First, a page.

Q: I was under the assumption that my homeowner insurance would cover my materials in my home for creating my ware and cover me on the road. However, other artists have told me I need separate insurance to cover myself on the road and at shows. Is it best to go with my local agent or do I need specialized insurance through another provider?

just-ask-november-2008-2A: You raise very important issues with this question and call attention to a risk many craftspeople don’t know they face. In this case the other artists are right. I can tell you that homeowner insurance normally has little or no liability coverage or coverage for business-related property. If your studio were destroyed you would not receive payment for your tools and inventory, although damage to the building would most likely be covered.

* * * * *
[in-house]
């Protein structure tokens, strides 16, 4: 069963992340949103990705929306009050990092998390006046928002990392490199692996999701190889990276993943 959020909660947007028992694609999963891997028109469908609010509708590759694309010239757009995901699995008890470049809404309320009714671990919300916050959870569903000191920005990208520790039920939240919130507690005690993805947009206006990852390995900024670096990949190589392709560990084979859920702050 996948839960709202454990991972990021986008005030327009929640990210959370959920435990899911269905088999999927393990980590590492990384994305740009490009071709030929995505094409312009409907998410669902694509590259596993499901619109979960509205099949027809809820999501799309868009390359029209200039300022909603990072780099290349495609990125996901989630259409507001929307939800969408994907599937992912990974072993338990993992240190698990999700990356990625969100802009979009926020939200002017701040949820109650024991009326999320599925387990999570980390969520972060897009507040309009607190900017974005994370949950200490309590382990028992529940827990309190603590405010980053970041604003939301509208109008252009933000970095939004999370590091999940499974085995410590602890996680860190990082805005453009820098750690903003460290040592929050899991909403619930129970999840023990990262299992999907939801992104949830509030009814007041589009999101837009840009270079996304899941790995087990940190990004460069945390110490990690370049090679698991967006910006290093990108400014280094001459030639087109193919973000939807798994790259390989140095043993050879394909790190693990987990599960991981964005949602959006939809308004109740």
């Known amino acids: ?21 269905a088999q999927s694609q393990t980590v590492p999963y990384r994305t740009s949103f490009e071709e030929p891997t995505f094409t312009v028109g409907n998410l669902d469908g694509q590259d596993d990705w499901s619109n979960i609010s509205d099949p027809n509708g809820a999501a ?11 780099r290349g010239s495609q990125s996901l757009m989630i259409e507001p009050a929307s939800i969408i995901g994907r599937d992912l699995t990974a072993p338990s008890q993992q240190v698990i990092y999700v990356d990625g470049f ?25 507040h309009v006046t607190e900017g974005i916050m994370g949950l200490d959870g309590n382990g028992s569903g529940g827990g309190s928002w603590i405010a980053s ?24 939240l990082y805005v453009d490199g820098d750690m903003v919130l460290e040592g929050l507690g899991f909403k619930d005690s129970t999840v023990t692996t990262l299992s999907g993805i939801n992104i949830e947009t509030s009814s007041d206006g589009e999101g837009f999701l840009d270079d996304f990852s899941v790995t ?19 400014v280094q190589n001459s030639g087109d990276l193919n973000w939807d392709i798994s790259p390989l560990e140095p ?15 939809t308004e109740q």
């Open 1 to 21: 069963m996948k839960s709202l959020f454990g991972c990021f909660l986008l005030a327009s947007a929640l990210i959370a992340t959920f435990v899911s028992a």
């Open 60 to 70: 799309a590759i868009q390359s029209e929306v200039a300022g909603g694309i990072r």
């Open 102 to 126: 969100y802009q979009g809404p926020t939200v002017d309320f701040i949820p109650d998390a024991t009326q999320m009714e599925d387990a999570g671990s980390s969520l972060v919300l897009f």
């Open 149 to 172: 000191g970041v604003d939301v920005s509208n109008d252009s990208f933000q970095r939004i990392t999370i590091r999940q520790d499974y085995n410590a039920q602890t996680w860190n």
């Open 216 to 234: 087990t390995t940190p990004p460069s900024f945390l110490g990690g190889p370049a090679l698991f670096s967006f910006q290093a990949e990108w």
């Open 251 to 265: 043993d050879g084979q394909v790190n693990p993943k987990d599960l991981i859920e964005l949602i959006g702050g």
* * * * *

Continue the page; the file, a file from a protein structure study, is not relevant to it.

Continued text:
Beyond that this is definitely the kind of question I can only take on with guidance from outside authorities. For this one I got information from Craig Nutt, Director of Programs at Craft Emergency Relief Fund (CERF). Craig points out that “the companies that write business insurance are not the ones everyone has heard of, State Farm, Allstate and Geico. One needs to go to an agency that specializes in business insurance.” He also sent along a very helpful connection to the CERF Web page on business insurance. In addition, he reminded me about the Joanna Ossinger article, “No Coverage: So, you think your homeowner’s policy protects your home-based business? Think again,” that appeared in the January 30, 2006 edition of The Wall Street Journal—look for it. If you can’t get to it online or in the library, contact CERF at (802) 229-2306. They may have reprints available.

Finally, the best advice is to be careful. Be sure your equipment is right for the job and that you know how to use it safely. Insist on wiring that is up to code. Always walk through your studio before you leave to be sure there are no potential problems. Plan the studio so it will be safe for you and therefore for any customers who may come there to purchase items directly. HB